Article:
No, I travel because I love to see new places. I don’t necessarily travel because of what I’m writing. Though I have been to all the places that I’ve written about, there are places that I’ve visited that I haven’t written about. Well, not yet.
Fiona: Who designed the covers?
My publisher, MuseItUp, provided the cover for the novel. Charlotte Volnek was the artist hired to do the work.
Fiona: What was the hardest part of writing your book?
A tremendous amount of research went into writing “Pushing Water.” It is my first Historical novel. The story line was tricky from time to time, fitting in characters, dealing with a time period I knew so little about and then blending them all together. I actually found it a lot of fun exploring and reading about what was happening during that time.
Fiona: Did you learn anything from writing your book and what was it?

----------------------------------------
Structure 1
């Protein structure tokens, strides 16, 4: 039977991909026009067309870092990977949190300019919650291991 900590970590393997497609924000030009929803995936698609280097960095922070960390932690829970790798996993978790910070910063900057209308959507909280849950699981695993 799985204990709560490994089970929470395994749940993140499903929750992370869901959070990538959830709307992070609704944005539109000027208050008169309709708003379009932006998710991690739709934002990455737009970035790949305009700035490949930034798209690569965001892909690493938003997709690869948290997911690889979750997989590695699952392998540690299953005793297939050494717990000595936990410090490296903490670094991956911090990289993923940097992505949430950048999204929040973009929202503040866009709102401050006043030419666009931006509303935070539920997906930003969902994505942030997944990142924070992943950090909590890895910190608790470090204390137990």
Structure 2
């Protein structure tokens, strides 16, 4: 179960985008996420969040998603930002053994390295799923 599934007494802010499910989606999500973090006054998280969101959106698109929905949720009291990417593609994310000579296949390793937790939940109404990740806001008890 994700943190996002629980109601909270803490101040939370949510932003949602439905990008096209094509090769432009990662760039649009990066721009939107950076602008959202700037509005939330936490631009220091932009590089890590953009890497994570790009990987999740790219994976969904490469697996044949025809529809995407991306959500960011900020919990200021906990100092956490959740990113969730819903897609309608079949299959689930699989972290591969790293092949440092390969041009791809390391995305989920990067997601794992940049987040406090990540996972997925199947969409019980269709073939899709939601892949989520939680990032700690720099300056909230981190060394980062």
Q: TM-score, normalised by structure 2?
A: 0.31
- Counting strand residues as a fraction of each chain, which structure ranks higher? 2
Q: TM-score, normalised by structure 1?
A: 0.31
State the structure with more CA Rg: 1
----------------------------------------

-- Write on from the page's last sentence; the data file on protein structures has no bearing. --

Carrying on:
Outside of what my research taught me I learned that keeping at the writing was the only way that a novel gets written. I broke my ankle half way through writing “Pushing Water.” At one point I thought I’d never write again. My spirit was so low I was about to give it all up. I couldn’t sit at the computer because my ankle swelled and throbbed. I tried writing lying down with my ankle elevated. I was miserable. Little by little it all kind of worked itself out. Even with the discomfort I wrote every day, and eventually the novel got finished. If I’d given up, I certainly wouldn’t be a guest blogger on your website today telling you about my new novel.
Fiona: Do you have any advice for other writers?
If you want to write, write. Make friends with other writers. But nothing will ever take the place of getting the words spilled out onto the page. Writing programs can teach you some things; writing workshops are good for feedback, though nothing can take the place of the hard work that goes into getting a short story or novel written.